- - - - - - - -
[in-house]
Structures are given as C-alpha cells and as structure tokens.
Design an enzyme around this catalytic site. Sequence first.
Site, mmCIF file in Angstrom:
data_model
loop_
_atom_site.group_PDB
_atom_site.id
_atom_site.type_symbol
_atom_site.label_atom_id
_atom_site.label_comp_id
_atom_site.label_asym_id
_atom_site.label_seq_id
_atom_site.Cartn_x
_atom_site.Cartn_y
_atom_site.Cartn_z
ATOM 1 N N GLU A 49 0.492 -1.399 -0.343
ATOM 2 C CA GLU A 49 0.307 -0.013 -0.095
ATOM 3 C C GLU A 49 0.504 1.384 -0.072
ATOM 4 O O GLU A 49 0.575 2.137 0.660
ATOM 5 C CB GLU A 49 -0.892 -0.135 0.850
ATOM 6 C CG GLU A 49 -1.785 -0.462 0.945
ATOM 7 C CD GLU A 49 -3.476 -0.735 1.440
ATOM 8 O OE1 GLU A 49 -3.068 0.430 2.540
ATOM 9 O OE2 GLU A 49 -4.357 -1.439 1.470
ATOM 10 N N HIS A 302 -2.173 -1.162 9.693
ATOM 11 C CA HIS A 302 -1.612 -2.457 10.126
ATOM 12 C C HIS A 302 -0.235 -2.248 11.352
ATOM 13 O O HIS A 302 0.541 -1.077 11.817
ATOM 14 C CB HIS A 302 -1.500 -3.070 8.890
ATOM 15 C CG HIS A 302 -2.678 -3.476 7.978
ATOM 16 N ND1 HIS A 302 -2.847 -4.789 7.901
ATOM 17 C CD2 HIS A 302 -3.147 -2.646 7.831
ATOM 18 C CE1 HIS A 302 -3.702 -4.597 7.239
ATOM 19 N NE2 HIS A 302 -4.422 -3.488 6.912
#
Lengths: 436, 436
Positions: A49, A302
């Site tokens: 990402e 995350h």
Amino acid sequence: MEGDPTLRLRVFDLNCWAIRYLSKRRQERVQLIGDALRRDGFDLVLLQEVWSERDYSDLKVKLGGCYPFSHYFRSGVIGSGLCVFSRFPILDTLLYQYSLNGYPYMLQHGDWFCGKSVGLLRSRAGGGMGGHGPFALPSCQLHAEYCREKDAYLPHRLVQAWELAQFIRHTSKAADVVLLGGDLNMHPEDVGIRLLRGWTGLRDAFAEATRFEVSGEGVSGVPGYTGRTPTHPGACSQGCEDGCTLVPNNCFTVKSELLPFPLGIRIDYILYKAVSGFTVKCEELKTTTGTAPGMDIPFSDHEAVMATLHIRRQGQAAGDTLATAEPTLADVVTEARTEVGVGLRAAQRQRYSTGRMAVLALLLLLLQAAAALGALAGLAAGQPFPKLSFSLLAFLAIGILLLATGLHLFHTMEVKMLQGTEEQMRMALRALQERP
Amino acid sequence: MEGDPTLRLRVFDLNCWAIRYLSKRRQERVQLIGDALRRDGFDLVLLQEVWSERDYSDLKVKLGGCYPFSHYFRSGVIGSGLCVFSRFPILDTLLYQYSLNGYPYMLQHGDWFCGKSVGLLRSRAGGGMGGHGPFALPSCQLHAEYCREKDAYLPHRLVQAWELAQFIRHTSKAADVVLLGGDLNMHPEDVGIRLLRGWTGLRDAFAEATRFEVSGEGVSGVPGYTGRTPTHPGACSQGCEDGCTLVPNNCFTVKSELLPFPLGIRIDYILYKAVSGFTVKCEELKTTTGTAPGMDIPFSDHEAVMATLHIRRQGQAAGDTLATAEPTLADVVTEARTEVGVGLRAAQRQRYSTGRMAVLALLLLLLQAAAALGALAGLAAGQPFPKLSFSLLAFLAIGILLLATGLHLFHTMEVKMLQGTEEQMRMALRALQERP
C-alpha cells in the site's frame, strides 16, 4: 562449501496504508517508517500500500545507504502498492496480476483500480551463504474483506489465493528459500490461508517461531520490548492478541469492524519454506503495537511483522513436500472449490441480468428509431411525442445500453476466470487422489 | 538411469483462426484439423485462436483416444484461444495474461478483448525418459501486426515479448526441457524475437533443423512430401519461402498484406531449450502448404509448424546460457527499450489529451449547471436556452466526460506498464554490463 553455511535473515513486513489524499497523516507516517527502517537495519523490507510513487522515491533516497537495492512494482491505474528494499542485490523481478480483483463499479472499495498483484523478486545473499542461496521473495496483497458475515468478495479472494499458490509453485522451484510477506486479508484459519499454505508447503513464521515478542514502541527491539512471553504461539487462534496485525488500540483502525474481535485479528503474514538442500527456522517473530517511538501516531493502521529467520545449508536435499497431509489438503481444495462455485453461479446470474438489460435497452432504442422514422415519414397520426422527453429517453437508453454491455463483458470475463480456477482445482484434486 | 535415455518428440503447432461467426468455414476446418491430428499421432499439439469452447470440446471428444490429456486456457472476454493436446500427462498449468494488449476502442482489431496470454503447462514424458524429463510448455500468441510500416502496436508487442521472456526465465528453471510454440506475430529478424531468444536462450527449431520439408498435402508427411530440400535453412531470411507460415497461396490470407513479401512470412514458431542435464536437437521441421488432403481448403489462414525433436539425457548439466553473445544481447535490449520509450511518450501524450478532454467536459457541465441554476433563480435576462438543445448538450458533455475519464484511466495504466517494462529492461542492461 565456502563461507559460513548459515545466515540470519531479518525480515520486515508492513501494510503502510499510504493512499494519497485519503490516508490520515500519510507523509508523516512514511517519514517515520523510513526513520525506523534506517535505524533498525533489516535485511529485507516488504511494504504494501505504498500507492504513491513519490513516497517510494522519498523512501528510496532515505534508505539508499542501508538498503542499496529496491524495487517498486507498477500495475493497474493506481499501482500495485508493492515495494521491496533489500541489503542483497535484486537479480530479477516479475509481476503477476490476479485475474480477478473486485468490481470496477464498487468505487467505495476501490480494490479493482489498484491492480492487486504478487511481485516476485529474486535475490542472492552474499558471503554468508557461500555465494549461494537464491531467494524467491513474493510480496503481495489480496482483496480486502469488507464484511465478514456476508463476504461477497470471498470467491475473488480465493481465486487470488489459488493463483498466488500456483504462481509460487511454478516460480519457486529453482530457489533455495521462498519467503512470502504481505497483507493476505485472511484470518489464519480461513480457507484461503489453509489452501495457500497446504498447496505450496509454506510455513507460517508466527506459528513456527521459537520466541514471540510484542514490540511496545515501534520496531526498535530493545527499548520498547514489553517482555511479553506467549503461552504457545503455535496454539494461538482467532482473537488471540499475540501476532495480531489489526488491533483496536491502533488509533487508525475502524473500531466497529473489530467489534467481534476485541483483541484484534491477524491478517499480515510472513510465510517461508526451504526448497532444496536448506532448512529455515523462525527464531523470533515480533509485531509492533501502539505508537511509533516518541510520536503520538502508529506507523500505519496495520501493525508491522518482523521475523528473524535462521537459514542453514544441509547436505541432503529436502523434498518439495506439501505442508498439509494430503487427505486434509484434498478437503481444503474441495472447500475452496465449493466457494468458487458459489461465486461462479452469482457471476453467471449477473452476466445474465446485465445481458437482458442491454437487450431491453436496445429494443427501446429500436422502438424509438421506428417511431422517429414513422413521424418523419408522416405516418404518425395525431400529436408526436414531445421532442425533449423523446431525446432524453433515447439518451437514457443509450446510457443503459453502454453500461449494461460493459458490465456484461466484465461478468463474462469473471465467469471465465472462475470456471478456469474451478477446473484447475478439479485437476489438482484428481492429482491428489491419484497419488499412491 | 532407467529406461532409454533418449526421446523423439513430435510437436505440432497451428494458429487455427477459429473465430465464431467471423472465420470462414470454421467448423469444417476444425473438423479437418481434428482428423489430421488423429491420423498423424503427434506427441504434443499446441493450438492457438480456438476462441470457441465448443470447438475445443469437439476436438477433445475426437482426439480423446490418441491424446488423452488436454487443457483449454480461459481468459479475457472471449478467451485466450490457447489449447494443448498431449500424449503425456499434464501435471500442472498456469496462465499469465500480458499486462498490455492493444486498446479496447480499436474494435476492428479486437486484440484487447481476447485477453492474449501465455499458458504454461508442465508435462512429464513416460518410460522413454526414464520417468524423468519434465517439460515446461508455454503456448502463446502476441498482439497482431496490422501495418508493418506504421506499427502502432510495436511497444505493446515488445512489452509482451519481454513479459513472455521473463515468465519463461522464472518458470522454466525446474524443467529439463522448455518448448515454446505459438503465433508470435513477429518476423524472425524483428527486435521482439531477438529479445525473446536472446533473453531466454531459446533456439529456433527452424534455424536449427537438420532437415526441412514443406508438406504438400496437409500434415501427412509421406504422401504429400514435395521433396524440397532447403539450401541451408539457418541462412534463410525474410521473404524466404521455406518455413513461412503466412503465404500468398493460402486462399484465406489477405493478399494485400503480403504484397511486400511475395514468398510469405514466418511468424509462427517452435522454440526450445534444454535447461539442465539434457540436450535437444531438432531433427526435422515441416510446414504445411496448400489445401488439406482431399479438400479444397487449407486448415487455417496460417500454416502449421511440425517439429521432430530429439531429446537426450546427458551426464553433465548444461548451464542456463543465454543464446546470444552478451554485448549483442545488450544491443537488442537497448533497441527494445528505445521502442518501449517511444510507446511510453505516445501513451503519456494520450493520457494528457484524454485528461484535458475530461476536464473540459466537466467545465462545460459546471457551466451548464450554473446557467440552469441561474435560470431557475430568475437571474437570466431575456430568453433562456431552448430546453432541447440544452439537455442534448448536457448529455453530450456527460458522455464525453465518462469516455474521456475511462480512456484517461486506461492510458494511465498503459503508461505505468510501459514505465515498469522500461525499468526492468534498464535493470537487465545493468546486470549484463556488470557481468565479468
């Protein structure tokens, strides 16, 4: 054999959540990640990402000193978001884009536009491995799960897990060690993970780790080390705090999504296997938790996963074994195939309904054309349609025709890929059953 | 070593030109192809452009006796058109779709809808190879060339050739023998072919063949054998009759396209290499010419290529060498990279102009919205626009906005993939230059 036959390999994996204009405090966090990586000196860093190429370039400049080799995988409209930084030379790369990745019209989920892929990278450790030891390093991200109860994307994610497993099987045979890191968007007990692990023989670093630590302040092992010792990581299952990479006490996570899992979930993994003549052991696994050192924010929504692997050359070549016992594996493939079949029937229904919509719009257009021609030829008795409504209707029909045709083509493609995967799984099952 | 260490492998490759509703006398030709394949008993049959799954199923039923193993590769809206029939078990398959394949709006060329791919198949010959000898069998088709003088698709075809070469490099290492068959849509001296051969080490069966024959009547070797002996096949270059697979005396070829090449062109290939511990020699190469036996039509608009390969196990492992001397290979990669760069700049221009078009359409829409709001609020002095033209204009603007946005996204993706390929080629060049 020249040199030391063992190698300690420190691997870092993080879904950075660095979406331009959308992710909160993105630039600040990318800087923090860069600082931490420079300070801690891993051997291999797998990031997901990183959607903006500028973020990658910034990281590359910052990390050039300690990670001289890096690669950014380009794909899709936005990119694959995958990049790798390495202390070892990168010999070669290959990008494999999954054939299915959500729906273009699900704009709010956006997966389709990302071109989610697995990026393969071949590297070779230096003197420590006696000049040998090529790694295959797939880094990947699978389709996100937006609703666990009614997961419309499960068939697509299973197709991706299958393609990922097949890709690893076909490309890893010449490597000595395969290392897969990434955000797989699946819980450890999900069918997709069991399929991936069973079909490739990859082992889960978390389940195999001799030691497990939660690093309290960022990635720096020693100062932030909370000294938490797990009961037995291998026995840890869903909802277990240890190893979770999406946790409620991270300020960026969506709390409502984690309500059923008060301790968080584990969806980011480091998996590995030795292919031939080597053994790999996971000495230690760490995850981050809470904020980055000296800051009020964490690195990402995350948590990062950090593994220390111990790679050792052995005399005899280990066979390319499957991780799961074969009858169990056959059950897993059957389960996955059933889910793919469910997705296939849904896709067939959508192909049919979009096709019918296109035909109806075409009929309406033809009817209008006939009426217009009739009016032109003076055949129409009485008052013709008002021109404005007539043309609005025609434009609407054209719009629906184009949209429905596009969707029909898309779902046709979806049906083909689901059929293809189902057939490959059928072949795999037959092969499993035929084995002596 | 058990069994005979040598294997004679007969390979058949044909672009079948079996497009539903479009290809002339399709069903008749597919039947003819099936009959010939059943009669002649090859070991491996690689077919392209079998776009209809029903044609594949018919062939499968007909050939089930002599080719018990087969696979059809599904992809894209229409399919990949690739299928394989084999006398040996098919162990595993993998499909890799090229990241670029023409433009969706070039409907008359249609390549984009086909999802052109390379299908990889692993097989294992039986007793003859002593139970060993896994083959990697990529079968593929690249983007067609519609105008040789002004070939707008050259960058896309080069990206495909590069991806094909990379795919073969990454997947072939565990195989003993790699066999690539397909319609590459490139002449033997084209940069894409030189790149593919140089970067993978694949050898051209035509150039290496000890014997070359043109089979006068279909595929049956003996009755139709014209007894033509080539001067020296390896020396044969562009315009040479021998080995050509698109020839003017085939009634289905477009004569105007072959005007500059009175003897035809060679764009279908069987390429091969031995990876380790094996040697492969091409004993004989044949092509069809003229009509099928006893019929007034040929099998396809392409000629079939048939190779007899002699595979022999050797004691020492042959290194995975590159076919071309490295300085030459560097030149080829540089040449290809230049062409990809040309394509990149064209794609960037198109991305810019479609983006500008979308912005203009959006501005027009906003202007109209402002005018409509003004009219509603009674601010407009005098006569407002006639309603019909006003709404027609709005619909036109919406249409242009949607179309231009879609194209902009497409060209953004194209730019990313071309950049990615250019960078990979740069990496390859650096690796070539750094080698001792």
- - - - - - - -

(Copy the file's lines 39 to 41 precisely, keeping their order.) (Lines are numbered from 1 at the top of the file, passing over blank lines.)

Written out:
């Site tokens: 990402e 995350h």
Amino acid sequence: MEGDPTLRLRVFDLNCWAIRYLSKRRQERVQLIGDALRRDGFDLVLLQEVWSERDYSDLKVKLGGCYPFSHYFRSGVIGSGLCVFSRFPILDTLLYQYSLNGYPYMLQHGDWFCGKSVGLLRSRAGGGMGGHGPFALPSCQLHAEYCREKDAYLPHRLVQAWELAQFIRHTSKAADVVLLGGDLNMHPEDVGIRLLRGWTGLRDAFAEATRFEVSGEGVSGVPGYTGRTPTHPGACSQGCEDGCTLVPNNCFTVKSELLPFPLGIRIDYILYKAVSGFTVKCEELKTTTGTAPGMDIPFSDHEAVMATLHIRRQGQAAGDTLATAEPTLADVVTEARTEVGVGLRAAQRQRYSTGRMAVLALLLLLLQAAAALGALAGLAAGQPFPKLSFSLLAFLAIGILLLATGLHLFHTMEVKMLQGTEEQMRMALRALQERP
Amino acid sequence: MEGDPTLRLRVFDLNCWAIRYLSKRRQERVQLIGDALRRDGFDLVLLQEVWSERDYSDLKVKLGGCYPFSHYFRSGVIGSGLCVFSRFPILDTLLYQYSLNGYPYMLQHGDWFCGKSVGLLRSRAGGGMGGHGPFALPSCQLHAEYCREKDAYLPHRLVQAWELAQFIRHTSKAADVVLLGGDLNMHPEDVGIRLLRGWTGLRDAFAEATRFEVSGEGVSGVPGYTGRTPTHPGACSQGCEDGCTLVPNNCFTVKSELLPFPLGIRIDYILYKAVSGFTVKCEELKTTTGTAPGMDIPFSDHEAVMATLHIRRQGQAAGDTLATAEPTLADVVTEARTEVGVGLRAAQRQRYSTGRMAVLALLLLLLQAAAALGALAGLAAGQPFPKLSFSLLAFLAIGILLLATGLHLFHTMEVKMLQGTEEQMRMALRALQERP